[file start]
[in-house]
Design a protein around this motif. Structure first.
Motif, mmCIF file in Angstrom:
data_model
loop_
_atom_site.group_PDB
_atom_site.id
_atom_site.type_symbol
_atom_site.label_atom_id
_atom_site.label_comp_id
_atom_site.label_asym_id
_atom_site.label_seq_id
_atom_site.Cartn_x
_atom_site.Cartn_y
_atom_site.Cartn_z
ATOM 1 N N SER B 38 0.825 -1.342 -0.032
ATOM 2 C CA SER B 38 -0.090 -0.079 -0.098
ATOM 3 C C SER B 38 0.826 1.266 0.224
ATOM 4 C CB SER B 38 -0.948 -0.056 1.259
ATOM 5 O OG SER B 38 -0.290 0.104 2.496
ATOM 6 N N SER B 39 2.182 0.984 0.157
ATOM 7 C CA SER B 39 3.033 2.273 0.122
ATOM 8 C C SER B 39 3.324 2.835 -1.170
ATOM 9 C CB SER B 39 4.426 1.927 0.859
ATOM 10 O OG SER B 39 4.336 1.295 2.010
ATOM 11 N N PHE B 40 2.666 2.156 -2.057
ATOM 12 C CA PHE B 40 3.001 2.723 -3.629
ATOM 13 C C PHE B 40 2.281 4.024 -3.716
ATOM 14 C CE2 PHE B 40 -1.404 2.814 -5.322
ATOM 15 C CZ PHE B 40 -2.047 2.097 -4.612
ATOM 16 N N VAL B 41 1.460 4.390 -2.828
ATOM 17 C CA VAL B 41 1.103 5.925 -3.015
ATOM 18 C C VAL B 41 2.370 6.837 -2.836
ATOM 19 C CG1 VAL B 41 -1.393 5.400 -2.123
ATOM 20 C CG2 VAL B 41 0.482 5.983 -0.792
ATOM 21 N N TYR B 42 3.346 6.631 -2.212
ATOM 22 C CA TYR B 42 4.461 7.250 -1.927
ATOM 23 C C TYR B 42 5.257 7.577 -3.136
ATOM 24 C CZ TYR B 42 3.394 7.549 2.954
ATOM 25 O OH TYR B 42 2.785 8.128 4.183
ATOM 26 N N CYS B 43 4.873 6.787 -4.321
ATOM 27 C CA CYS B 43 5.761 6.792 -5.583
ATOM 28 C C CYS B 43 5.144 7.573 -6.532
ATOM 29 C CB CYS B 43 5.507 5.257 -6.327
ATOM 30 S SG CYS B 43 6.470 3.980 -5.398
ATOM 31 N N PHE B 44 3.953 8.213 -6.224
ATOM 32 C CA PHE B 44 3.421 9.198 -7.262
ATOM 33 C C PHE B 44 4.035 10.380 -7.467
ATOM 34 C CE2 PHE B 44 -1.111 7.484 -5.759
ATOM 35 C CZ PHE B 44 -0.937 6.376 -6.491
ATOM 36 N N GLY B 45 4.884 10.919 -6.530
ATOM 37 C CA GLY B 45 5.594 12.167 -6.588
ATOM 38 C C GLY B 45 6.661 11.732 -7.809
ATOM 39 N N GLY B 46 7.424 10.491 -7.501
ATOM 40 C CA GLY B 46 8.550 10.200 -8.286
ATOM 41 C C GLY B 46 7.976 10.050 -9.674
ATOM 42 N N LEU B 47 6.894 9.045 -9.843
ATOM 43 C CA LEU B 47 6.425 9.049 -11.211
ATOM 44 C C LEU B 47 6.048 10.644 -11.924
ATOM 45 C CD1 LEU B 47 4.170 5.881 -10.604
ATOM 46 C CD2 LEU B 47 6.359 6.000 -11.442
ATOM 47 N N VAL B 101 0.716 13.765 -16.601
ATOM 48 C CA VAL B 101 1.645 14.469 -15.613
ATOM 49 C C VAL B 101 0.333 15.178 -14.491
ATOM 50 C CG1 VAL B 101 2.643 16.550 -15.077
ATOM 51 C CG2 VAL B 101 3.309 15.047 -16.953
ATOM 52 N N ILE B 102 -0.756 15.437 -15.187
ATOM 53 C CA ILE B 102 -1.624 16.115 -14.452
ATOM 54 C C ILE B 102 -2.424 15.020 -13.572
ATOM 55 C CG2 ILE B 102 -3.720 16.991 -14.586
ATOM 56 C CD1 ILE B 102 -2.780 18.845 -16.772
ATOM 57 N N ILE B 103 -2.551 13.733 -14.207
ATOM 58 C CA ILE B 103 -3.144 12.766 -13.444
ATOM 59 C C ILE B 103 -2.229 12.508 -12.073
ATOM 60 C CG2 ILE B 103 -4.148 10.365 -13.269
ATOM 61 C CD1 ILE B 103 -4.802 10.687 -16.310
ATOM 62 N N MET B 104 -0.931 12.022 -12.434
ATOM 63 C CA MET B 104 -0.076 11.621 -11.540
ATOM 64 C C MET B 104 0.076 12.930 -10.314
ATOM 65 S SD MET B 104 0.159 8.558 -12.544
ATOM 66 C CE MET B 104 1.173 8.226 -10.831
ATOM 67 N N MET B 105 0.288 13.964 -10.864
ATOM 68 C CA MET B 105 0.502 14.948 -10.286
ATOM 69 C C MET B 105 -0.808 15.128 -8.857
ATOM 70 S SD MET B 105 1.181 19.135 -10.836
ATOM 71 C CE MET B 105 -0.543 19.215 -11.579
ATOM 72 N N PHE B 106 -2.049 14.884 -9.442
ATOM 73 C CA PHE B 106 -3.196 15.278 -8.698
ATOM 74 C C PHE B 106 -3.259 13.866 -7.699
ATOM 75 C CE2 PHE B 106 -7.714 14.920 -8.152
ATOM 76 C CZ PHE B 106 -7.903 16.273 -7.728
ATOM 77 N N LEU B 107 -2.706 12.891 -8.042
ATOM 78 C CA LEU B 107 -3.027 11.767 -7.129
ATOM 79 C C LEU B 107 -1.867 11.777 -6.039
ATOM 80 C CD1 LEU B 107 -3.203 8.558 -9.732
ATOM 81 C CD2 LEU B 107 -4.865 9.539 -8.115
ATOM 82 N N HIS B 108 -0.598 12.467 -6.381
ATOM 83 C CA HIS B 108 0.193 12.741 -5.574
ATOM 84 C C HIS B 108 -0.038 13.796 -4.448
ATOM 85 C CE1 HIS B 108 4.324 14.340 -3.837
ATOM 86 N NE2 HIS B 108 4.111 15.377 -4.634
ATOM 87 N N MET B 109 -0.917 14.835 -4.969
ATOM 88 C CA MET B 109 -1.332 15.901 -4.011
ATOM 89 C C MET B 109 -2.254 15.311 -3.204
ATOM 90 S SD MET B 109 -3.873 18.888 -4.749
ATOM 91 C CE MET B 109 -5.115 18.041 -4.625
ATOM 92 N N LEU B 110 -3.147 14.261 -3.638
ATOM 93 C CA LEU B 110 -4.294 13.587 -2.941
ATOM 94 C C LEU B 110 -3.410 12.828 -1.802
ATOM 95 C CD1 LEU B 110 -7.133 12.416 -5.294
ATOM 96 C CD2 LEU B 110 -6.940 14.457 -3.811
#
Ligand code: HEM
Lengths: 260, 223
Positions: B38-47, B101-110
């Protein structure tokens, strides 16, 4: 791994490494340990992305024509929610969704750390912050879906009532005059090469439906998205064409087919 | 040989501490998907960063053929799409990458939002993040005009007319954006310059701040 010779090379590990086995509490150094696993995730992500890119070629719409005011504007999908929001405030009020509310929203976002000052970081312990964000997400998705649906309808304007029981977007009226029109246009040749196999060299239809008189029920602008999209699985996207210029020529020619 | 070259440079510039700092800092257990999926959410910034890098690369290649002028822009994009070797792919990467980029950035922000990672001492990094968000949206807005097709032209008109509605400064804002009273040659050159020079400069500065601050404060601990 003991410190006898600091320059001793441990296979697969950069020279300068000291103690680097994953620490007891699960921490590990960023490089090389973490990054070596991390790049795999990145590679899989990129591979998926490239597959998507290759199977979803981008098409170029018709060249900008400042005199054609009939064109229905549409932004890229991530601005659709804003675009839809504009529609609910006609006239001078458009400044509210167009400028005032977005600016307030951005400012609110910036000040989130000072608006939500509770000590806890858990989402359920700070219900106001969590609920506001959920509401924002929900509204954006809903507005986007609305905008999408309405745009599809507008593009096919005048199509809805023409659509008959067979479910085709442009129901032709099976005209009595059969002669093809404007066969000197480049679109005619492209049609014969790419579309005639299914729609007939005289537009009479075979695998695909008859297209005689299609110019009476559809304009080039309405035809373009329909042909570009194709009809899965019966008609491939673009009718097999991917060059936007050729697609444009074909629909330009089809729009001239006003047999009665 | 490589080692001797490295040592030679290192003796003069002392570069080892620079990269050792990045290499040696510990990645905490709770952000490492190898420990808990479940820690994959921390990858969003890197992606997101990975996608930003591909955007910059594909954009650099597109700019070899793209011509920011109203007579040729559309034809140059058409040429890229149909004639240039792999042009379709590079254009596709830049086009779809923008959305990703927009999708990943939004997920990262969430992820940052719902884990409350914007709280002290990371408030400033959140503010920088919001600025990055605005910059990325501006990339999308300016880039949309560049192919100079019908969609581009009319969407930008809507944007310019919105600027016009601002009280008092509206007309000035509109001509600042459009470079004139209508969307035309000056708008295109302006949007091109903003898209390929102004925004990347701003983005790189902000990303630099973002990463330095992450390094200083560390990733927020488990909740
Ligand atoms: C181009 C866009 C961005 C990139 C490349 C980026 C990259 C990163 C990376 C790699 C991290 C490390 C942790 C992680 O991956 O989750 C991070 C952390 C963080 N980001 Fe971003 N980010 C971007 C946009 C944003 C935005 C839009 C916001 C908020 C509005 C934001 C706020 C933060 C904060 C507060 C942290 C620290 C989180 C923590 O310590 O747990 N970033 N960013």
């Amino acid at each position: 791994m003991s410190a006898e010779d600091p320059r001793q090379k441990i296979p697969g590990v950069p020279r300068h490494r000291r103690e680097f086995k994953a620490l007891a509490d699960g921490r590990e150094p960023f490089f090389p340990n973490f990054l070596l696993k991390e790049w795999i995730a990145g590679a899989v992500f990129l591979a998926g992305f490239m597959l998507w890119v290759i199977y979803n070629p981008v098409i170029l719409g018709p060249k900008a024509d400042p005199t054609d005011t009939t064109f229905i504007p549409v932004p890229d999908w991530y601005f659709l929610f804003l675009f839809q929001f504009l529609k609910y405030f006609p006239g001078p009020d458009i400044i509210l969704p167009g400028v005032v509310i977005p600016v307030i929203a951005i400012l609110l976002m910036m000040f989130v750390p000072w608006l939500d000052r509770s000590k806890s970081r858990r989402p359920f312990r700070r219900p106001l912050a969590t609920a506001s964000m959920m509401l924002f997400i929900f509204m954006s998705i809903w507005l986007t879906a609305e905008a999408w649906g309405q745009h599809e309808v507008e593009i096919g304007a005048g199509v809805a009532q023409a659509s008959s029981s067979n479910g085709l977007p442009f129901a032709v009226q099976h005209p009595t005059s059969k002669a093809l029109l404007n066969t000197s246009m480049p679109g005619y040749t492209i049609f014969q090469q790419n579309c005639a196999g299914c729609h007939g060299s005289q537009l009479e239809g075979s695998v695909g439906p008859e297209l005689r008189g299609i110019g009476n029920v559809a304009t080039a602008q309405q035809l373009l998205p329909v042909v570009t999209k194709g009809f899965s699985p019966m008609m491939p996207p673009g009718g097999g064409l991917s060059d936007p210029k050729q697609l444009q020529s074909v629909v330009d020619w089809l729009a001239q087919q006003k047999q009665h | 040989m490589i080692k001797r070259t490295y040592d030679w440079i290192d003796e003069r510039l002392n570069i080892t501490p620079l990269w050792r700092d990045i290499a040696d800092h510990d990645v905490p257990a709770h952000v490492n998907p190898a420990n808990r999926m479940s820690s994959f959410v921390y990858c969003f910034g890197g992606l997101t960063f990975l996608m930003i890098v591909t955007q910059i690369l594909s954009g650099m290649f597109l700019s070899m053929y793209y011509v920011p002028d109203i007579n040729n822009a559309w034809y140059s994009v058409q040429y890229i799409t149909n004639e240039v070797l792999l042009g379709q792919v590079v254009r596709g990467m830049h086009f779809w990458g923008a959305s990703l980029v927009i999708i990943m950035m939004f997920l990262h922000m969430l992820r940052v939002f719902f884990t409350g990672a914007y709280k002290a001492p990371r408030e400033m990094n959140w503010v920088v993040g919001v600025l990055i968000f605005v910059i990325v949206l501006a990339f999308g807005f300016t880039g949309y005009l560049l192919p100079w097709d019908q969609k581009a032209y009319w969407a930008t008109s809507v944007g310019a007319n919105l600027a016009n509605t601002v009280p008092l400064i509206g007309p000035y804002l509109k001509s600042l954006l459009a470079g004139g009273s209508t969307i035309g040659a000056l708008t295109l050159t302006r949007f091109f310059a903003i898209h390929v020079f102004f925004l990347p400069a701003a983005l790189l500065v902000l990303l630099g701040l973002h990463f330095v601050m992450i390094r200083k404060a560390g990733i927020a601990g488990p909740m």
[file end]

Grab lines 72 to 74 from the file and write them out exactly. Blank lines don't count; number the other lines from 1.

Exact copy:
ATOM 57 N N ILE B 103 -2.551 13.733 -14.207
ATOM 58 C CA ILE B 103 -3.144 12.766 -13.444
ATOM 59 C C ILE B 103 -2.229 12.508 -12.073